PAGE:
A man named Cass Rhynes who had previously been found guilty of inciting sex with minors has had his conviction overturned.
Basically, a 12-year old and 13-year old girl performed oral sex on Rhynes, who's 19. One of them did it twice. The age of consent in Canada is 14, so he was found guilty, initially. But, on appeal, the conviction was overturned as the judge ruled that Rhynes was a passive participant - that Rhynes had essentially just allowed the girls to perform oral sex on him, but that he hadn't pressured them into it, or even initiated it in anyway.
I really don't like the ruling, here, but what do you think? I'm uncomfortable with the ruling in a big way, but I'm having trouble articulating it right now... anyone agree with me and want to help me make sense of it?
------------------ "Like a bat out of hell, time has come for you!" -Ballad of a Comeback Kid, The New Pornographers
If the Crown is smart, they will appeal higher. So what if he was "passive"? He knew that they were underage. Unless they held a gun to his head, he could have stopped it.
This reminded me of a lower court ruling in Quebec a few years ago where a father was found not guilty (by a female judge) of sexual assault by having anal sex with his daughter on the grounds that he hadn't violateed her virginity. That also was overturned. ------------------ We can't solve problems by using the same kind of thinking we used when we created them.
- Albert Einstein
[This message has been edited by Bobolink (edited 05-01-2004).]
"Carding" your sex partners? Look, if one is dealing with 12 and 13 year olds here, I would assume it would be obvious to an older partner to realize they are very young... then again, I've had partners lie to me about their age- a couple years' difference is a big deal in high school, and a bigger deal (legally speaking) if they miss the age of consent. And while, as a resident of the US, 12 and 13 seems pretty young for a 19 year old, I'm not used to such a low age of consent (everywhere I have ever lived it has been 17 or 18), and attitudes about the circumstance must be adjusted accordingly. Meaning, basically, yeah, I can't see this guy mistaking these people as 18 year olds, but, yeah, 14, I can see that. Legally speaking, it sounds like this guy was in the wrong, but obviously Canada made a ruling based on circumstance instead of some sort of "zero tolerance" law, and I am totally in favor of that. How many times (on this very board) have we heard horror stories about crazy zero tolerance age of consent laws that labeled people as sexual criminals for the rest of their lives? I don't know if my PERSONAL opinion agrees with this ruling, but legally, I'm glad people ARE looking at the circimstances rather than just making a quick ruling based on a law written in stone.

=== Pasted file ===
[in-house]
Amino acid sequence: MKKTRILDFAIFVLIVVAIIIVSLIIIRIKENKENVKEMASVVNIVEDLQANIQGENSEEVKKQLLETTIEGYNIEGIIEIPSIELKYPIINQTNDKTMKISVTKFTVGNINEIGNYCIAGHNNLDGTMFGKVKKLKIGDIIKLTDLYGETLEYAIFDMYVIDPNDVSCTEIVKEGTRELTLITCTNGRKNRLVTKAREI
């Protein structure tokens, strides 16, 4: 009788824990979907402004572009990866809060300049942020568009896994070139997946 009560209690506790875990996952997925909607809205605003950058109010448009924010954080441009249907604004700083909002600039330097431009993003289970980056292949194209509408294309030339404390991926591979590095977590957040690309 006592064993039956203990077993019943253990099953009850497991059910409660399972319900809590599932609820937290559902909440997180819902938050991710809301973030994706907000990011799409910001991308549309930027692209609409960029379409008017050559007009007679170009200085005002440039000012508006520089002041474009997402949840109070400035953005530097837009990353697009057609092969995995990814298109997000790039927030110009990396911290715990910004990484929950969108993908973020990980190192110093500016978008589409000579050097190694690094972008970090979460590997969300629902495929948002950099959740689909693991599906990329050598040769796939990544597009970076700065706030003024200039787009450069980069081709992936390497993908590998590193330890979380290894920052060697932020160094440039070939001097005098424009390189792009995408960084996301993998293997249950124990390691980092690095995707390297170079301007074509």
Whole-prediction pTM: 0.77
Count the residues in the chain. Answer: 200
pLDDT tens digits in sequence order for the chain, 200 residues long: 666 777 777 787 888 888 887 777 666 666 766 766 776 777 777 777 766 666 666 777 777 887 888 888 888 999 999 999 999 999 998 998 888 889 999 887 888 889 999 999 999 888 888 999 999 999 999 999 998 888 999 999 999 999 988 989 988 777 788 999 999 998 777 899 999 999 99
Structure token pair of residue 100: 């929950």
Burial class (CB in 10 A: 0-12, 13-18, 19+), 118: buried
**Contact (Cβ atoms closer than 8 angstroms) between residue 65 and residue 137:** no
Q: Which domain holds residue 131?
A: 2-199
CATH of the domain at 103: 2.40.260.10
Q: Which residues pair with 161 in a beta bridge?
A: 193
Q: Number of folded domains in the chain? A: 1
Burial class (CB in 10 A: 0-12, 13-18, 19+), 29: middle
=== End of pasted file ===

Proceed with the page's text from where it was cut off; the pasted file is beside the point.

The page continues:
Maybe this is the wrong circumstance, which is what I think Dzuunmod was trying to get to, but this is going in the right direction with age of consent laws. These laws are abusive if they are used for anything other than IMPROVING individuals'lives and society as a whole, and if it is meddling in consentual relationships rather than prosecuting actual sexual predators, that's not improving any aspect of society, and that is not making any individual's life any better